I’ve always been fascinated by the software project Taligent created in the ’80s or early ’90s. It was started by IBM, HP, Microsoft, and Apple and the idea was to create an operating system foundation that all these platforms could use. Also immediately Microsoft exited the project, leaving only IBM, HP, and Apple.
Many years ago I read a copy of the project documentation set in a book store chain I worked at. Looking back may of the concepts and look-and-feel created in the project clearly influenced Mac OS 9, OS/2, Sun OpenWindows/Look. I remember thinking OpenLook was really cool back in the old days at Northeaster, working on Sun Microsystems pizza-box workstations.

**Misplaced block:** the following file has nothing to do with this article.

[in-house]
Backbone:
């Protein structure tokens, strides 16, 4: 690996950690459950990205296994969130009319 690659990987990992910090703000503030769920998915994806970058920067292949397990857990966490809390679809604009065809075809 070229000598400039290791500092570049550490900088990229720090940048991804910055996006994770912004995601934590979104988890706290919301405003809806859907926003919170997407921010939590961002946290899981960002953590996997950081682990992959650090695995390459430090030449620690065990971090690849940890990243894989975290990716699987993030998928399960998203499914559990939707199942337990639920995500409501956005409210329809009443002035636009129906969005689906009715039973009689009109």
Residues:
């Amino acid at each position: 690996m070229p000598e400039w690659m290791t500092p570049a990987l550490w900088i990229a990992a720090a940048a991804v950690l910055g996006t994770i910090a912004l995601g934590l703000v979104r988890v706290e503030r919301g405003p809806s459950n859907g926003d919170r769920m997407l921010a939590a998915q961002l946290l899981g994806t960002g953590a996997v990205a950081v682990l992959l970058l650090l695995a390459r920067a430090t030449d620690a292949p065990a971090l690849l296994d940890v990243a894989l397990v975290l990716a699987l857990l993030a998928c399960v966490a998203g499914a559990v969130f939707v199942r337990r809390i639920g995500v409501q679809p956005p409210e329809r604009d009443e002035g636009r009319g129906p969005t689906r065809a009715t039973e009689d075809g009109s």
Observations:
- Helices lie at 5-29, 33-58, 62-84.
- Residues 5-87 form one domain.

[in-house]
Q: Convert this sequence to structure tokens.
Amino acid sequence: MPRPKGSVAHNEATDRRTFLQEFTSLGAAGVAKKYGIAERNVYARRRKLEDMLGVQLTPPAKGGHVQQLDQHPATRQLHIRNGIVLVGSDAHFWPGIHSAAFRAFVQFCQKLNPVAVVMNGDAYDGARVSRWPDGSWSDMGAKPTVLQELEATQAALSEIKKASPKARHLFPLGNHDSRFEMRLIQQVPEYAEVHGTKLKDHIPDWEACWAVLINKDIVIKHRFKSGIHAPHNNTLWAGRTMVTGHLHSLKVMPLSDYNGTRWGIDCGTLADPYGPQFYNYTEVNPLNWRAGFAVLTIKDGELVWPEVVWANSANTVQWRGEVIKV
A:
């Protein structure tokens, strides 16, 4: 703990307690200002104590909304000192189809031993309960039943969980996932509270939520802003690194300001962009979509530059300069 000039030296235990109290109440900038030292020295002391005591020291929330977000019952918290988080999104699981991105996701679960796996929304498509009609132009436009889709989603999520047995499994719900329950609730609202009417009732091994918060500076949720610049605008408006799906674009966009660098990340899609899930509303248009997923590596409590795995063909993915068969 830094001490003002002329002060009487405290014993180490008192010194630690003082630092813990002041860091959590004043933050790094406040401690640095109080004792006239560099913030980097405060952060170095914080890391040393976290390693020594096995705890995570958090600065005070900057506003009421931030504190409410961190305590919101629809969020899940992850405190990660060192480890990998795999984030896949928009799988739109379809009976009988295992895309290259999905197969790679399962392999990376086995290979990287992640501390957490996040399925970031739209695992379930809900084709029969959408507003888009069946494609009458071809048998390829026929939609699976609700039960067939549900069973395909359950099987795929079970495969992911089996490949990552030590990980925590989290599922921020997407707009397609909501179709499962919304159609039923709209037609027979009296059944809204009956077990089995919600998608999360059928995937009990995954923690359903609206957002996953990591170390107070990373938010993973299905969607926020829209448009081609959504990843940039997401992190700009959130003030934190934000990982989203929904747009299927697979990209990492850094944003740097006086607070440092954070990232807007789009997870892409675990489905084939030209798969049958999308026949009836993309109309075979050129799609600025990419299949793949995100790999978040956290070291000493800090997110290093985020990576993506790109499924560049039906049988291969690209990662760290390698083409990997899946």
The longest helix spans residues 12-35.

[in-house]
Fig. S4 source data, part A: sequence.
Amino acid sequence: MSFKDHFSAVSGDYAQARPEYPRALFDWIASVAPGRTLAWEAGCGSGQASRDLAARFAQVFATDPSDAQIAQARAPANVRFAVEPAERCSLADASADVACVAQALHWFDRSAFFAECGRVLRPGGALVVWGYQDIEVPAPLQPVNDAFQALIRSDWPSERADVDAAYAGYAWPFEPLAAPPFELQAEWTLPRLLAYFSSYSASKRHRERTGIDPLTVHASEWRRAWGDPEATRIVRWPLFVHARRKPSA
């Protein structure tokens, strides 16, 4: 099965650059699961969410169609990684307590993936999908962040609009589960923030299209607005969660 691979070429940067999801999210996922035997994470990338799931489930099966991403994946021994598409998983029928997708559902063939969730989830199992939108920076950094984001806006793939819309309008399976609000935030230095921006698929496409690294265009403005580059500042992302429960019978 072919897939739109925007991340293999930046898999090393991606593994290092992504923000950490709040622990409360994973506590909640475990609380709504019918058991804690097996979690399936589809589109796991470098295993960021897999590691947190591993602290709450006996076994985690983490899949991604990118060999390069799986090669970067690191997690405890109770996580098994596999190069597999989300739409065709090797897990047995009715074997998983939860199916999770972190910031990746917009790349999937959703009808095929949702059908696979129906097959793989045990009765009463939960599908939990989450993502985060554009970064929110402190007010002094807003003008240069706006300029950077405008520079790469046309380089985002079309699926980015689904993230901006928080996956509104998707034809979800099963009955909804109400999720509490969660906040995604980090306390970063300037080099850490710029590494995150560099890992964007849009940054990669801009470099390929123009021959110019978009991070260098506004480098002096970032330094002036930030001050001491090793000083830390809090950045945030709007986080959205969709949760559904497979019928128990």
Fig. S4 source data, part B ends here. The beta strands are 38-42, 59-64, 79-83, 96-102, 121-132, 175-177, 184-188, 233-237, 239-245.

Now reading the book “Inside Taligent Technology” by Sean Coffer, it really seems like they were spinning the golden thread of operating system interface design. They were far ahead of the curve and with a few exception were doing everything we consider normal interface design today, maybe even a few things better. The interface looks an operates like a better Mac OS 9 interface. The underlying OS seems to have expected parallel processing/threading. The semantics are good and the interface controls are obvious. More obvious than some controls today.
If I could have a dream O/S it would be Plan 9 with a complete POSIX layer, full GNU tools build and the Taligent user interface. Plan 9’s interface is confusing even for seasoned systems/software engineers.